Thursday, April 17, 2014

Follow us:
Follow @NY1 on Twitter Subscribe to this news feed 

News

Supporters Rally To Protect Long Island College Hospital From Closure

  • Text size: + -
TWC News: Supporters Rally To Protect Long Island College Hospital From Closure
Play now

Time Warner Cable video customers:
Sign in with your TWC ID to access our video clips.

  To view our videos, you need to
enable JavaScript. Learn how.
install Adobe Flash 9 or above. Install now.

Then come back here and refresh the page.

Union members, local leaders, residents and hospital workers came out Sunday to show their support for Long Island College Hospital, which is operating under the threat of closure. NY1's Jon Weinstein has the story.

The fight over the future of Long Island College Hospital continued Sunday as supporters who want it to stay open rallied and marched in Cobble Hill.

"What does Brooklyn say to those that want to close LICH?" Brooklyn Borough President Marty Markowitz said. "Fugghedaboutit!"

"It's not about money, it's not about real estate," patient Susan Raboy said. "It's about saving lives."

Last week, a judge issued a temporary restraining order against the hospital's operator SUNY Downstate, preventing the closure temporarily.

That suit was brought by the nurses and healthcare workers unions, and advocates see momentum going in their favor.

"The court was very clear that the Department of Health and the SUNY Board of Trustees should cease and desist any effort whatsoever to close that hospital," New York State Nurses Association Executive Director Jill Furillo said. "That is good news for the people and the patients that are served by that hospital."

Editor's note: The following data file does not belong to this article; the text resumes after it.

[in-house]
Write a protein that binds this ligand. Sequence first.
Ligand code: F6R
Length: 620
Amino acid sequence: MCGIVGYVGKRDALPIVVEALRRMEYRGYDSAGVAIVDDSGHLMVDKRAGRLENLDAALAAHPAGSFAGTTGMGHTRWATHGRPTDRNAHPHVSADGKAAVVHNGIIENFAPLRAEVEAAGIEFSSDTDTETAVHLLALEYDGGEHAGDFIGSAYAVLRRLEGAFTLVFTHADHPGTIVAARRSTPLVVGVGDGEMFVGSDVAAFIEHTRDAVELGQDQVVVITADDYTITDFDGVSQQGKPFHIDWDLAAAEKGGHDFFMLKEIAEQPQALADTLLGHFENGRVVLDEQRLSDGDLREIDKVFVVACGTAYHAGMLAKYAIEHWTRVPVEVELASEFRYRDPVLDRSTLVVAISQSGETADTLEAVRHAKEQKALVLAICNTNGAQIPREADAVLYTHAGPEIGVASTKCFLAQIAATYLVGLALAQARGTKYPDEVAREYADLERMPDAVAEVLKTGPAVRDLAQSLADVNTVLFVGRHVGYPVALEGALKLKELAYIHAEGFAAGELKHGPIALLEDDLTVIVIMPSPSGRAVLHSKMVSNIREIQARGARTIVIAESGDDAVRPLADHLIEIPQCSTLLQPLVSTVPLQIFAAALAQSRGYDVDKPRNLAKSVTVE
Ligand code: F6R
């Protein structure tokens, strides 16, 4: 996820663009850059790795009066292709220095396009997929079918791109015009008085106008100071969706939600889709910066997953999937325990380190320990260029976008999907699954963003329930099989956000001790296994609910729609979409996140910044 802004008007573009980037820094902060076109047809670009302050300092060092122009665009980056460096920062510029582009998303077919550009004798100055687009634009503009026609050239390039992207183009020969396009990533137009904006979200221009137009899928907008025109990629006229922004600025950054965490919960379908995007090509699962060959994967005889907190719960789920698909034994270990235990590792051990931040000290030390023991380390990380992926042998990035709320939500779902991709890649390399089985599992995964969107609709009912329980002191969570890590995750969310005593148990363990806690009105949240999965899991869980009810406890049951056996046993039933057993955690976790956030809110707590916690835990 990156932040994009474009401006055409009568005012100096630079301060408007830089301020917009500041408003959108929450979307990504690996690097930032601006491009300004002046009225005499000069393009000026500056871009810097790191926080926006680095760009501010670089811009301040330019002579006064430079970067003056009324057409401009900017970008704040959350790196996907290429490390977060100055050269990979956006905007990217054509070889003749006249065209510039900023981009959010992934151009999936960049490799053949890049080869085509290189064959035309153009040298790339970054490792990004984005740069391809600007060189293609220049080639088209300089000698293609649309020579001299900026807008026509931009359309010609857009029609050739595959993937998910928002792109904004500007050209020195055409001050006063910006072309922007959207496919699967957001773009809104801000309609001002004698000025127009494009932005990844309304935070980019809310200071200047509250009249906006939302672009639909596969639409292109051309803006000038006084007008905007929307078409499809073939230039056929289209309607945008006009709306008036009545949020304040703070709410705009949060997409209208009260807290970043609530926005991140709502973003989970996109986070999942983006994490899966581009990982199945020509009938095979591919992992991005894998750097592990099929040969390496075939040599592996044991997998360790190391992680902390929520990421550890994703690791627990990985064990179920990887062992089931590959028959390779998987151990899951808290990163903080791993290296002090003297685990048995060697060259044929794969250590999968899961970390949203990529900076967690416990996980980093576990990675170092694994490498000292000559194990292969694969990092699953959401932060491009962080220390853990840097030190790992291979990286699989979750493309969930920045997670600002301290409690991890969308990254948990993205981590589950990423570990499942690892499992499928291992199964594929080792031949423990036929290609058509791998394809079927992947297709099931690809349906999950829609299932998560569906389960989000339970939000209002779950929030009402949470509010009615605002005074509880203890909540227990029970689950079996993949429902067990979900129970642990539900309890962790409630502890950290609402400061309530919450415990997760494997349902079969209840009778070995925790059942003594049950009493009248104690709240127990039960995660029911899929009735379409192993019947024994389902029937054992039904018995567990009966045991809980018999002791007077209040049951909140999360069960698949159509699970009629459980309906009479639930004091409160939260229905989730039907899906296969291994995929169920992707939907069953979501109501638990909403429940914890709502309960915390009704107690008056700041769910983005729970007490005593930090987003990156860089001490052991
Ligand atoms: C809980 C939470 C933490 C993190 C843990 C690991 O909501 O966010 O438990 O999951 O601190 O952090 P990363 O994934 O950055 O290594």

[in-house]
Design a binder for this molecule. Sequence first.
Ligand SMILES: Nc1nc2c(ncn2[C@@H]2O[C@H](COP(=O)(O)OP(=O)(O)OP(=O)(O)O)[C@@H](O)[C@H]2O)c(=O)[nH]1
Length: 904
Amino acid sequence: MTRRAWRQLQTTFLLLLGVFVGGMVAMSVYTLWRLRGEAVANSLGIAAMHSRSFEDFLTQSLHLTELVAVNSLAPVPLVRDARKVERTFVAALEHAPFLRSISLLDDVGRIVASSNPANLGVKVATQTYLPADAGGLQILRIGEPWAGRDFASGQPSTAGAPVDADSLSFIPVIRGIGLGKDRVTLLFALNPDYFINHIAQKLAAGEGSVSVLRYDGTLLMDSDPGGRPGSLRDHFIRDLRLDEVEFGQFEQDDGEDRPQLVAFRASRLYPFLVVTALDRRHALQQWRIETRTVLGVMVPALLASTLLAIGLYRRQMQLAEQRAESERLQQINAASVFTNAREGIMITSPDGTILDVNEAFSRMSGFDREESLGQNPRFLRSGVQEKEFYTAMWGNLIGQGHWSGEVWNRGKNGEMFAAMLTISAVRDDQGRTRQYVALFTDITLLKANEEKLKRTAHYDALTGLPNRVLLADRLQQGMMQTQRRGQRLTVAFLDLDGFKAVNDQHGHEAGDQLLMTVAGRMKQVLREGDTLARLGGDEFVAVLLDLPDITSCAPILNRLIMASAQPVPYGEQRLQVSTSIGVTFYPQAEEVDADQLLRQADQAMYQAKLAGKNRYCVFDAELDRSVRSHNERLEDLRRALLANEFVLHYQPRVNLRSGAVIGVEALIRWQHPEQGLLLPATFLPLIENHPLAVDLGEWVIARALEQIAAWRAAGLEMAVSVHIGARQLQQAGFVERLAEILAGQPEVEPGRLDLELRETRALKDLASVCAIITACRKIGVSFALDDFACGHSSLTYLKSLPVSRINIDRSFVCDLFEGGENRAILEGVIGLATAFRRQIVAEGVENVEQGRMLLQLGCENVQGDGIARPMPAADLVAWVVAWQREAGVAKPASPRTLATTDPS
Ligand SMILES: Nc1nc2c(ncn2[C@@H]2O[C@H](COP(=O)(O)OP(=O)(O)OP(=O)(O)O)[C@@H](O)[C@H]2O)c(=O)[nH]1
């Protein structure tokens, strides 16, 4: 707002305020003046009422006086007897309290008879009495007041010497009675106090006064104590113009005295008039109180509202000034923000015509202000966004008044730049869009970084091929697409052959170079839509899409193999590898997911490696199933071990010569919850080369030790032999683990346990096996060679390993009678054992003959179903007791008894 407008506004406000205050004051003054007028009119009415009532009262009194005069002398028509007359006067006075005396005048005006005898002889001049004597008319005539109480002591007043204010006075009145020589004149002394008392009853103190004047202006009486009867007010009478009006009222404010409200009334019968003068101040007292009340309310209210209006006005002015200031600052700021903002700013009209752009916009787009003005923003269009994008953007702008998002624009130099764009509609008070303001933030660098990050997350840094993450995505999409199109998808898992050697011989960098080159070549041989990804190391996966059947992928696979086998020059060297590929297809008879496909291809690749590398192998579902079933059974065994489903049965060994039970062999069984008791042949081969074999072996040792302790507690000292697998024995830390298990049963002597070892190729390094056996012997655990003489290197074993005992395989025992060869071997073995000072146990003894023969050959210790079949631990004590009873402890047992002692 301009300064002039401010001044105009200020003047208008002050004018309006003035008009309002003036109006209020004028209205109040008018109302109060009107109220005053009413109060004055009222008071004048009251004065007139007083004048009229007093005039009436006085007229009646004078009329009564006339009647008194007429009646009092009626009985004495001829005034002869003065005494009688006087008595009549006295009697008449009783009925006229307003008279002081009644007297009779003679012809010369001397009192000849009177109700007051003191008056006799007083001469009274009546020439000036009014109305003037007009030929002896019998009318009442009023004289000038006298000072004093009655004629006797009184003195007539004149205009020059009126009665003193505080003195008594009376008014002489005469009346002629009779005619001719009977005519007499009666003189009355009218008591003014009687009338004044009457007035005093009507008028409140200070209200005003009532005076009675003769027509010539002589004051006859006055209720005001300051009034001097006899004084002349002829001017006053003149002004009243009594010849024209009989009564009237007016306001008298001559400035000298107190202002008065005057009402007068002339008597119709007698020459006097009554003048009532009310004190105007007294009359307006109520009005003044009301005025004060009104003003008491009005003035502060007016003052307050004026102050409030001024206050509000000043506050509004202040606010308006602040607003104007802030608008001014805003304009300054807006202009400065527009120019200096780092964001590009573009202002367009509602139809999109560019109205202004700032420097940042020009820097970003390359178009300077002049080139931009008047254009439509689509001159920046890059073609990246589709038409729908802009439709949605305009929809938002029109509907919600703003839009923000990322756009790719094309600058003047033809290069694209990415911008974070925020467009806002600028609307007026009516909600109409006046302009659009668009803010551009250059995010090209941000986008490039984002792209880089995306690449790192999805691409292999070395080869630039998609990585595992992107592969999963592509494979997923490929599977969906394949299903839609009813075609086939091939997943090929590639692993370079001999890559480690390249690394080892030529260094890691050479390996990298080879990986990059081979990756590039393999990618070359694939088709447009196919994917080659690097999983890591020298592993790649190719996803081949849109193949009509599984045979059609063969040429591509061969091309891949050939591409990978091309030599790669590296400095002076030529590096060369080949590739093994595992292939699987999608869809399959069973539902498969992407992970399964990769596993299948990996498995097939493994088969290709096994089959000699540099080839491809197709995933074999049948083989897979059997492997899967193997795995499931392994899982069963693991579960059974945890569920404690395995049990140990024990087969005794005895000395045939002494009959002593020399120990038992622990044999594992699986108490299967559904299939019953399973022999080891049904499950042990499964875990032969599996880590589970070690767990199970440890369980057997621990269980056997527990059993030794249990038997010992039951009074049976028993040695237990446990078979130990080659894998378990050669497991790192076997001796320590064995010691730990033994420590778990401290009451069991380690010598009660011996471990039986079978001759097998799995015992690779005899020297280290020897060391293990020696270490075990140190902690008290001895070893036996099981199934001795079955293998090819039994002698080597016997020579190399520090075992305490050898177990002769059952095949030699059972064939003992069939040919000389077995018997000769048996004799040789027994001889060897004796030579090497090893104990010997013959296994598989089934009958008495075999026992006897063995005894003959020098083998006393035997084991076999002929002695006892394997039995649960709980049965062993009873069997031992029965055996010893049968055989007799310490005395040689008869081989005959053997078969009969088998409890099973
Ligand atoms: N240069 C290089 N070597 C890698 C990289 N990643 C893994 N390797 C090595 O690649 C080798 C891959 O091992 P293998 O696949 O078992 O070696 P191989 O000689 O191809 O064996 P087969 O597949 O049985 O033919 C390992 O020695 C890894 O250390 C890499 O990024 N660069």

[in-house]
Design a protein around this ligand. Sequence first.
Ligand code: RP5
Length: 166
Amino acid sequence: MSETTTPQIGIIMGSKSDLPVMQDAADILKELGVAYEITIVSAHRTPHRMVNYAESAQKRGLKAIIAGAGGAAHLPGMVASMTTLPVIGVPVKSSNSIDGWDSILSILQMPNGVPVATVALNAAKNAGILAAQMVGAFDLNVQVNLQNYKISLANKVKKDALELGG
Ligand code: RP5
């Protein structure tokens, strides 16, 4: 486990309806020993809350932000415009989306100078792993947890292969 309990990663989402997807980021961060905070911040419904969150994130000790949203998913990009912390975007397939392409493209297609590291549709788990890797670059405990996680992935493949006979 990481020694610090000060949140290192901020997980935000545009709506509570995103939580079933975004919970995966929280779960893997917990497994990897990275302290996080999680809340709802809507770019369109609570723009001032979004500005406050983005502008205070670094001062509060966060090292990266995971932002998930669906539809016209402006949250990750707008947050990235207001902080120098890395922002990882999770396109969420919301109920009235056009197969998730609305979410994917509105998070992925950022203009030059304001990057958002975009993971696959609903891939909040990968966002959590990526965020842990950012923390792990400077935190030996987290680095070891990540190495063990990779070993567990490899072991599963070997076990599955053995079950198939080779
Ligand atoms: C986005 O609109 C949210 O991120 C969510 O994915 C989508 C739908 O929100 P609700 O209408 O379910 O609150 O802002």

But a spokesman for SUNY Downstate says LICH just isn't financially viable and is losing a million dollars a week. He says continuing to keep it open threatens all of SUNY Downstate's hospitals and medical school.

Despite the restraining orders to keep the doors open, the hospital is not scheduling any elective surgeries past April 30.

The hospital workers say they won't accept that.

"Somewhere in all this mess reason has to prevail," said Linda O'Neil, a nurse at LICH for 30 years. "This hospital is direly needed for South Brooklyn, Downtown Brooklyn. Common sense has to prevail."

"We have shown through two court orders that we will get the attention of the governor, we will get the attention of [state Health] Commissioner [Nirav] Shah, we will get the attention of Albany, we will save this place, we will keep this place open," said Dr. Toomas Sorra of Concerned Physicians for LICH>

Both parties are due back in court on May 2nd, a spokesman for the hospital says the results of the case will determine their next step moving forward.

10.11.12.248 ClientIP: 54.205.59.78, 23.0.160.15 UserAgent: CCBot/2.0 (http://commoncrawl.org/faq/) Profile: TWCSAMLSP